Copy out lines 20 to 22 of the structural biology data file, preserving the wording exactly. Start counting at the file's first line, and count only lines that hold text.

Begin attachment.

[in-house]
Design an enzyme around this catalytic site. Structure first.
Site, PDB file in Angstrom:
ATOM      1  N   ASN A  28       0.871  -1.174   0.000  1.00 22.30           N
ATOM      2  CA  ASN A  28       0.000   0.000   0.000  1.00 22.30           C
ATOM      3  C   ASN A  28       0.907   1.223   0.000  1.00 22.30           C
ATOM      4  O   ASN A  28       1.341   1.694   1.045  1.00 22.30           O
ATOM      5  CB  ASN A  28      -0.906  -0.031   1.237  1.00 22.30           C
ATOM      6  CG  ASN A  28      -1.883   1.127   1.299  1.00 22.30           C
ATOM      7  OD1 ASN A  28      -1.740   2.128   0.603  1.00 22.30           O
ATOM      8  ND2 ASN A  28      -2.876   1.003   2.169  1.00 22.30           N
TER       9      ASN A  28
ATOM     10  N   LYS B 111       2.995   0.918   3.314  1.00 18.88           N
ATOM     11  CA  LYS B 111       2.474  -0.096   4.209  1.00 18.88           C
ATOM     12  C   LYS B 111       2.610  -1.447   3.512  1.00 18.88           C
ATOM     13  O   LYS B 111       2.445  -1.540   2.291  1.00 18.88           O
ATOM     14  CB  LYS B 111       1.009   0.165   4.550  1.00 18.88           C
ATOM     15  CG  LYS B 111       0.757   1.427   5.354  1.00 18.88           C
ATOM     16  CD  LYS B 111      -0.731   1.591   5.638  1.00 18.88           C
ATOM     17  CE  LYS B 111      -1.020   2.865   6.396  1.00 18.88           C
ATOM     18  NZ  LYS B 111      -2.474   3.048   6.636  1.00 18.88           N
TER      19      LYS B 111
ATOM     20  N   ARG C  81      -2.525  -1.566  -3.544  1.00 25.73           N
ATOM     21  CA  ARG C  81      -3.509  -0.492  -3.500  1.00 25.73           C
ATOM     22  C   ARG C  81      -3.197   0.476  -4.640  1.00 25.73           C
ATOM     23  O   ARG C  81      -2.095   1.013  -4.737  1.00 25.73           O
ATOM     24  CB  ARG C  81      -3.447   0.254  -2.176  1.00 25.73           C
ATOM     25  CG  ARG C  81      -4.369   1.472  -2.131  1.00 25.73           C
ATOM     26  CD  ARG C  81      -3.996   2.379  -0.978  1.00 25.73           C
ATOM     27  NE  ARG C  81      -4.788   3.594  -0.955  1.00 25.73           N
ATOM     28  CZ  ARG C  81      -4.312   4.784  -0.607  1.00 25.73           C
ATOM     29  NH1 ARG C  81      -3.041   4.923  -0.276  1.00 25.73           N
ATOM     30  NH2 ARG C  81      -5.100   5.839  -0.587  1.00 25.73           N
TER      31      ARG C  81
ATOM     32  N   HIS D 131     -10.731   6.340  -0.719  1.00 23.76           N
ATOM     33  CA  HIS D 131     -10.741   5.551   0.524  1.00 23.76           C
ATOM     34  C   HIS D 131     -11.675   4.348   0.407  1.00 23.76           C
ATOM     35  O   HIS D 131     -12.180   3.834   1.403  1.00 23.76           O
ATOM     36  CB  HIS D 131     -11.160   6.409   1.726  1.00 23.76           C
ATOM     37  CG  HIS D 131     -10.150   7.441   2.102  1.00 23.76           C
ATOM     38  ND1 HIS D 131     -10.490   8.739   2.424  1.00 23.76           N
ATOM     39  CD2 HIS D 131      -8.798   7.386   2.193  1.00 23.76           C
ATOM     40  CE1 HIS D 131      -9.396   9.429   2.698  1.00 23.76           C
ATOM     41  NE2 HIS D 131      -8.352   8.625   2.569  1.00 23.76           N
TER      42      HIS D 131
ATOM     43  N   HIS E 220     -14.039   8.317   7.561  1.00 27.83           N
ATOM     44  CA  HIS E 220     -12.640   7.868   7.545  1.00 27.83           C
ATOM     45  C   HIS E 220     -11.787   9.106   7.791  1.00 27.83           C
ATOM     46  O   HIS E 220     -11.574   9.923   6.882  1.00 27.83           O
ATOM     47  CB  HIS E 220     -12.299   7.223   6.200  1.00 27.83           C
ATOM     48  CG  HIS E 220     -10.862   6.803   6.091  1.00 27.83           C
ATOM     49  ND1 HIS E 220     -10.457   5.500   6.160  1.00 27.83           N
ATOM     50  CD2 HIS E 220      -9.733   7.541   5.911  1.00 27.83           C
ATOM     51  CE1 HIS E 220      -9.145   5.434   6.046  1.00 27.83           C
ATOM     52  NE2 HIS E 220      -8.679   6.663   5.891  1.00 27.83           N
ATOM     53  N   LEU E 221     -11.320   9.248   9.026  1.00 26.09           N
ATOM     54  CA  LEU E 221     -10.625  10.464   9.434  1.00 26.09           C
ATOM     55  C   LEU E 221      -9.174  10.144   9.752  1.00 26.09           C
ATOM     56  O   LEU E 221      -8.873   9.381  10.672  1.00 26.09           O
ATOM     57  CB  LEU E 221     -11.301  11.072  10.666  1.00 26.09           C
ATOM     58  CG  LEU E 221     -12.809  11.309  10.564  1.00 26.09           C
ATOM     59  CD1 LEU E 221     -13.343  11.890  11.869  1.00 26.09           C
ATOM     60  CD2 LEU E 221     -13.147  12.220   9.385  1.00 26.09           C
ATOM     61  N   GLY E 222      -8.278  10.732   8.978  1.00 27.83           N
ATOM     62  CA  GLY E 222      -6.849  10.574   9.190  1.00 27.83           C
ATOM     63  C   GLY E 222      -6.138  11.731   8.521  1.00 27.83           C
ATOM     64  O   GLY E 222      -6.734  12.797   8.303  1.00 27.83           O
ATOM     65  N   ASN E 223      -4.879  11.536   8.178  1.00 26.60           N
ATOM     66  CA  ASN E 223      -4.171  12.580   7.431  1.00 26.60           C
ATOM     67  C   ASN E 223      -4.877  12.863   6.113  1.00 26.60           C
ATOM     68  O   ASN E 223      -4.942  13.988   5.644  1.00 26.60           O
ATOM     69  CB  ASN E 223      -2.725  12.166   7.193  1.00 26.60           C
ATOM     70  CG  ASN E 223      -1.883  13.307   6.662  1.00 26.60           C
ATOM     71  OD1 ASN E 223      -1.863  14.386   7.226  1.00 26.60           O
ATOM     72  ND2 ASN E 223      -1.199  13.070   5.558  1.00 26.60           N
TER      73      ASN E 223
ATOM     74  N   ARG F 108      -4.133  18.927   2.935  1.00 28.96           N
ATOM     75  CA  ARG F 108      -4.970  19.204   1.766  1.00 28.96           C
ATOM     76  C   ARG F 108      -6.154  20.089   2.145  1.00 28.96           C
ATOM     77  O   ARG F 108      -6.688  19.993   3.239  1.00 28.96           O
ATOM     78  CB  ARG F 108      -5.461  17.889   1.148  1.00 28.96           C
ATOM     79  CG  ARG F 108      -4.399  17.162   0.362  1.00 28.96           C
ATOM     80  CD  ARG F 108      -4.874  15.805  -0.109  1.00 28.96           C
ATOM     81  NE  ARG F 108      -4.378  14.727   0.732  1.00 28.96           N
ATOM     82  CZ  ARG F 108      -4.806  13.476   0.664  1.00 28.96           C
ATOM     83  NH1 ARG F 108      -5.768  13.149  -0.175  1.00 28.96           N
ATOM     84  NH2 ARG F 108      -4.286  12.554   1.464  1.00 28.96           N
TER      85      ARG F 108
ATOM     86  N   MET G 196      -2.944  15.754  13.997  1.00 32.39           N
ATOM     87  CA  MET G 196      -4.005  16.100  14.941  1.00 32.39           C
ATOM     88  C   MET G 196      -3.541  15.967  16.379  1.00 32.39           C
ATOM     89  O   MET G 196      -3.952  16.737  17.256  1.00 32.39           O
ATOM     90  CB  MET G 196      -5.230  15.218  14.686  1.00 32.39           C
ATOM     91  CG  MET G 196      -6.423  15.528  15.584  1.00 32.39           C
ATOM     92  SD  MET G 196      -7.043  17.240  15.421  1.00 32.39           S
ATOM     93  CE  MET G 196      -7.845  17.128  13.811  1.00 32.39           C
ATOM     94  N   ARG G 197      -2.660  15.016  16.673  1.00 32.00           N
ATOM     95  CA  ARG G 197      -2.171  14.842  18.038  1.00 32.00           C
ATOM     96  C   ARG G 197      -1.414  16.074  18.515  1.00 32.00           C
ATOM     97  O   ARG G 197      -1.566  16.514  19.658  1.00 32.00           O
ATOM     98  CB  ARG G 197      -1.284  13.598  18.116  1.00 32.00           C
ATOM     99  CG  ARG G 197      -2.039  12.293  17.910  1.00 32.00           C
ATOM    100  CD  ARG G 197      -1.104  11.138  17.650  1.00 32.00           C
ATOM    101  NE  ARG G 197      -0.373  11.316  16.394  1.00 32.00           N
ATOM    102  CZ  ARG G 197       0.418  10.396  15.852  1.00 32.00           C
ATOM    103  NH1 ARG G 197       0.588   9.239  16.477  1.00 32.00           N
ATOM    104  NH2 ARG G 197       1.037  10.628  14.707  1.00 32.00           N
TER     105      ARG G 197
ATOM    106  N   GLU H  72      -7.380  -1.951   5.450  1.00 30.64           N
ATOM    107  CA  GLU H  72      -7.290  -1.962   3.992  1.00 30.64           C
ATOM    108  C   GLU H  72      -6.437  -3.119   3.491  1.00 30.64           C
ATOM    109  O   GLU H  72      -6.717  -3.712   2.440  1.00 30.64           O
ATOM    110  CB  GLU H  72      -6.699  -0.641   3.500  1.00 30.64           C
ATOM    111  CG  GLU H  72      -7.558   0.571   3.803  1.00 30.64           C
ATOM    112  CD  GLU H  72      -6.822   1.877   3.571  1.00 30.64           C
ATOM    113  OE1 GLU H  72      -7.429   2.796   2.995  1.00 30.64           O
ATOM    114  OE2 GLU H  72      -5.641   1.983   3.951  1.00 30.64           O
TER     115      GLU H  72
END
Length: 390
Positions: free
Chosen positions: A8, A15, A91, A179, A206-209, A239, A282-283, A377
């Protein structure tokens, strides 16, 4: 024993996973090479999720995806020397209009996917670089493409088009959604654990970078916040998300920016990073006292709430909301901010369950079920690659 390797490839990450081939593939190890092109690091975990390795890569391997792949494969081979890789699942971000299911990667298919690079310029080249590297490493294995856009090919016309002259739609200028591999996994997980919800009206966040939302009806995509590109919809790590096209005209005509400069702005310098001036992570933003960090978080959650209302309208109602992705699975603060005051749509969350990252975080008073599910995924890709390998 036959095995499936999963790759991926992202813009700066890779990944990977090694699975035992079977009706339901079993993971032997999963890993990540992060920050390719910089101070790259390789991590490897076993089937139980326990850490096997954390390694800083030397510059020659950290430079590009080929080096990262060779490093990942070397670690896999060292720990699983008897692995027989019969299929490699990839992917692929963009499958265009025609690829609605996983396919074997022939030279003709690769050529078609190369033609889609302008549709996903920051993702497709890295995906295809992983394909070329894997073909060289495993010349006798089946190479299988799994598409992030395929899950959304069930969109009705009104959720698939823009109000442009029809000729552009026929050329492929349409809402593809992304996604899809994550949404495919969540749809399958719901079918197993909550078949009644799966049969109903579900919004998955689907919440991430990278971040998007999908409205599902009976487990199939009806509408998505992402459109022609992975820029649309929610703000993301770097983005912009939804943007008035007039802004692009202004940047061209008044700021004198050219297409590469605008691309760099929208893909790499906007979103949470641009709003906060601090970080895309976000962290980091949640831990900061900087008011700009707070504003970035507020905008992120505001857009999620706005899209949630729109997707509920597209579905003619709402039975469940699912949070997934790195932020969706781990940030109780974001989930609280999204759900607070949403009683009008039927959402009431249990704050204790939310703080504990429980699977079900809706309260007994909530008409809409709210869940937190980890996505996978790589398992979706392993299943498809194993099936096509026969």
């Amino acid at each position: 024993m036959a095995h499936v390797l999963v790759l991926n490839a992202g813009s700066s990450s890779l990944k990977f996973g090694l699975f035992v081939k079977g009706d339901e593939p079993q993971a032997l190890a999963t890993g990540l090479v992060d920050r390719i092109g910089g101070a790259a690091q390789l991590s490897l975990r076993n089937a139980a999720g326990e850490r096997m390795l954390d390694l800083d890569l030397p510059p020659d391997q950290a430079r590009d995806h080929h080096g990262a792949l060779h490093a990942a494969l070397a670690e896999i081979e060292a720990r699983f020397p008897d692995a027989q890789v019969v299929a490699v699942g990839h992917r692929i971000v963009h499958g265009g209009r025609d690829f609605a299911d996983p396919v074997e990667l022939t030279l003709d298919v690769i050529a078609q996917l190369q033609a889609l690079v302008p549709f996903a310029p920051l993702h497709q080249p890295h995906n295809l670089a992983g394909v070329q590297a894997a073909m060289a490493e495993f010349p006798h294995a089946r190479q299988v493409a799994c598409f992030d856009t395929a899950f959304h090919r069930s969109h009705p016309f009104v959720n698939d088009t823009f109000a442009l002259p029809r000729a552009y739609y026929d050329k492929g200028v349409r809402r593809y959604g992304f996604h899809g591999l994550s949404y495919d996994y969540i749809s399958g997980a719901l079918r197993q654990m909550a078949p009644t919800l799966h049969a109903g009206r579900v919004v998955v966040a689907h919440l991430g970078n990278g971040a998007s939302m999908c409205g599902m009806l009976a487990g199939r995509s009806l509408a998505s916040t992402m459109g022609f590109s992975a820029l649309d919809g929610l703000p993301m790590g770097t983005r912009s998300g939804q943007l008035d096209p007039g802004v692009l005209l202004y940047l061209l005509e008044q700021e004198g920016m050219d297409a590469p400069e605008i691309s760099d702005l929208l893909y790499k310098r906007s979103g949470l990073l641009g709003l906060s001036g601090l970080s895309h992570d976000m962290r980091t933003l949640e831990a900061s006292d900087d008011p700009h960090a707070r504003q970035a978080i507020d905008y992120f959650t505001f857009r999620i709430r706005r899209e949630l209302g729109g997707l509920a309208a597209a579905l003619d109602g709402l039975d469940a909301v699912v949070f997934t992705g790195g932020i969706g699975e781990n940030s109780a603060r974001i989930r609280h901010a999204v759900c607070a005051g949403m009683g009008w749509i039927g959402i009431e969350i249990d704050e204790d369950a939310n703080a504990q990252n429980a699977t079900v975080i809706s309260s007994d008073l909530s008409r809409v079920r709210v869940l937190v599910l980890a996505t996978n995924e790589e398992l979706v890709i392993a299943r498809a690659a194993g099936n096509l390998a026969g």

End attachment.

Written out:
ATOM     17  CE  LYS B 111      -1.020   2.865   6.396  1.00 18.88           C
ATOM     18  NZ  LYS B 111      -2.474   3.048   6.636  1.00 18.88           N
TER      19      LYS B 111